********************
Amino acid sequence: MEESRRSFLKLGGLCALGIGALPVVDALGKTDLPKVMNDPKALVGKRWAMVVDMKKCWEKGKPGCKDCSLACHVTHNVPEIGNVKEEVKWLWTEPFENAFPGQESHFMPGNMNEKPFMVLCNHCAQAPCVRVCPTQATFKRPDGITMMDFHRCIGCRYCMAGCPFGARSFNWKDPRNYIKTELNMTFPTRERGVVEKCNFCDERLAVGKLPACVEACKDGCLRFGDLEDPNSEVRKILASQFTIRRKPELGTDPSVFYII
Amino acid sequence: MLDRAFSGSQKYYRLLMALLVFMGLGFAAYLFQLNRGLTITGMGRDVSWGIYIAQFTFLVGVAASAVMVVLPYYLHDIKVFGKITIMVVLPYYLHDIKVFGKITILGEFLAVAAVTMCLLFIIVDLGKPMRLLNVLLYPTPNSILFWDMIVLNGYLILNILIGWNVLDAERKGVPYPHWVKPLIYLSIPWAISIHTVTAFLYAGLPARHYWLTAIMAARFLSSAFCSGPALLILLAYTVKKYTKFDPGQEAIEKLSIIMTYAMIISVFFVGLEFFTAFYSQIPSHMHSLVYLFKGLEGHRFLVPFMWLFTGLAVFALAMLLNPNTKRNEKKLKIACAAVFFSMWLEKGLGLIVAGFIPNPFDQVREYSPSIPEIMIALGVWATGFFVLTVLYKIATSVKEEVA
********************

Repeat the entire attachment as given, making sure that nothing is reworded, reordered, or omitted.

Amino acid sequence: MEESRRSFLKLGGLCALGIGALPVVDALGKTDLPKVMNDPKALVGKRWAMVVDMKKCWEKGKPGCKDCSLACHVTHNVPEIGNVKEEVKWLWTEPFENAFPGQESHFMPGNMNEKPFMVLCNHCAQAPCVRVCPTQATFKRPDGITMMDFHRCIGCRYCMAGCPFGARSFNWKDPRNYIKTELNMTFPTRERGVVEKCNFCDERLAVGKLPACVEACKDGCLRFGDLEDPNSEVRKILASQFTIRRKPELGTDPSVFYII
Amino acid sequence: MLDRAFSGSQKYYRLLMALLVFMGLGFAAYLFQLNRGLTITGMGRDVSWGIYIAQFTFLVGVAASAVMVVLPYYLHDIKVFGKITIMVVLPYYLHDIKVFGKITILGEFLAVAAVTMCLLFIIVDLGKPMRLLNVLLYPTPNSILFWDMIVLNGYLILNILIGWNVLDAERKGVPYPHWVKPLIYLSIPWAISIHTVTAFLYAGLPARHYWLTAIMAARFLSSAFCSGPALLILLAYTVKKYTKFDPGQEAIEKLSIIMTYAMIISVFFVGLEFFTAFYSQIPSHMHSLVYLFKGLEGHRFLVPFMWLFTGLAVFALAMLLNPNTKRNEKKLKIACAAVFFSMWLEKGLGLIVAGFIPNPFDQVREYSPSIPEIMIALGVWATGFFVLTVLYKIATSVKEEVA